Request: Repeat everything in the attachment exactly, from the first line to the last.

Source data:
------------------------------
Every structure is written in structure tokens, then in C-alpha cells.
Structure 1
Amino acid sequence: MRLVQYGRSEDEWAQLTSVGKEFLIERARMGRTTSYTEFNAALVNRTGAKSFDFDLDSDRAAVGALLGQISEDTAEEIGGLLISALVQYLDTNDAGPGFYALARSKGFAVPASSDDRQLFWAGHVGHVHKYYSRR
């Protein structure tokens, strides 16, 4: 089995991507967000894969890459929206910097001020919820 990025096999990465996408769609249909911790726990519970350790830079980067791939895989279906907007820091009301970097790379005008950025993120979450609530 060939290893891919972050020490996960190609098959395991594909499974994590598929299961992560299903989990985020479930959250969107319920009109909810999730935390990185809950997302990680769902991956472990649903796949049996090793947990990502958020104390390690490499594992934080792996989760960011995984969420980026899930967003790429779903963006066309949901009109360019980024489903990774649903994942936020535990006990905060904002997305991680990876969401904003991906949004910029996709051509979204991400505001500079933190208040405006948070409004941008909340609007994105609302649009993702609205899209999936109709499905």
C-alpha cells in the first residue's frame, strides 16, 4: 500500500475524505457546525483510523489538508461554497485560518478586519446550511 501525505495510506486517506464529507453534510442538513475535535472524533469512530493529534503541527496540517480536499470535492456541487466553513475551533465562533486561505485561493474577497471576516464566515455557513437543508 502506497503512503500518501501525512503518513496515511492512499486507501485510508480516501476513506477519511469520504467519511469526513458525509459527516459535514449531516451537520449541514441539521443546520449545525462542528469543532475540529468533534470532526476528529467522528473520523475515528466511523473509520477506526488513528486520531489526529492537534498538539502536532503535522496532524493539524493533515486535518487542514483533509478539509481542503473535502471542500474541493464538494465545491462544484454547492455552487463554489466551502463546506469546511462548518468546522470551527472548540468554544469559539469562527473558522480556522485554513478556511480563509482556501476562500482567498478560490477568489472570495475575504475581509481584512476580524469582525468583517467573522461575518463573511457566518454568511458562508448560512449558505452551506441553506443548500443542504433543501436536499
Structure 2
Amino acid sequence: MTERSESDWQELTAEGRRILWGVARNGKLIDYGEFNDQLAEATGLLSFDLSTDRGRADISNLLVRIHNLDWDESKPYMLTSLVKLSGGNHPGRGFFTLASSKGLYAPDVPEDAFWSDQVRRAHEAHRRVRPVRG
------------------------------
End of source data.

Every structure is written in structure tokens, then in C-alpha cells.
Structure 1
Amino acid sequence: MRLVQYGRSEDEWAQLTSVGKEFLIERARMGRTTSYTEFNAALVNRTGAKSFDFDLDSDRAAVGALLGQISEDTAEEIGGLLISALVQYLDTNDAGPGFYALARSKGFAVPASSDDRQLFWAGHVGHVHKYYSRR
């Protein structure tokens, strides 16, 4: 089995991507967000894969890459929206910097001020919820 990025096999990465996408769609249909911790726990519970350790830079980067791939895989279906907007820091009301970097790379005008950025993120979450609530 060939290893891919972050020490996960190609098959395991594909499974994590598929299961992560299903989990985020479930959250969107319920009109909810999730935390990185809950997302990680769902991956472990649903796949049996090793947990990502958020104390390690490499594992934080792996989760960011995984969420980026899930967003790429779903963006066309949901009109360019980024489903990774649903994942936020535990006990905060904002997305991680990876969401904003991906949004910029996709051509979204991400505001500079933190208040405006948070409004941008909340609007994105609302649009993702609205899209999936109709499905």
C-alpha cells in the first residue's frame, strides 16, 4: 500500500475524505457546525483510523489538508461554497485560518478586519446550511 501525505495510506486517506464529507453534510442538513475535535472524533469512530493529534503541527496540517480536499470535492456541487466553513475551533465562533486561505485561493474577497471576516464566515455557513437543508 502506497503512503500518501501525512503518513496515511492512499486507501485510508480516501476513506477519511469520504467519511469526513458525509459527516459535514449531516451537520449541514441539521443546520449545525462542528469543532475540529468533534470532526476528529467522528473520523475515528466511523473509520477506526488513528486520531489526529492537534498538539502536532503535522496532524493539524493533515486535518487542514483533509478539509481542503473535502471542500474541493464538494465545491462544484454547492455552487463554489466551502463546506469546511462548518468546522470551527472548540468554544469559539469562527473558522480556522485554513478556511480563509482556501476562500482567498478560490477568489472570495475575504475581509481584512476580524469582525468583517467573522461575518463573511457566518454568511458562508448560512449558505452551506441553506443548500443542504433543501436536499
Structure 2
Amino acid sequence: MTERSESDWQELTAEGRRILWGVARNGKLIDYGEFNDQLAEATGLLSFDLSTDRGRADISNLLVRIHNLDWDESKPYMLTSLVKLSGGNHPGRGFFTLASSKGLYAPDVPEDAFWSDQVRRAHEAHRRVRPVRG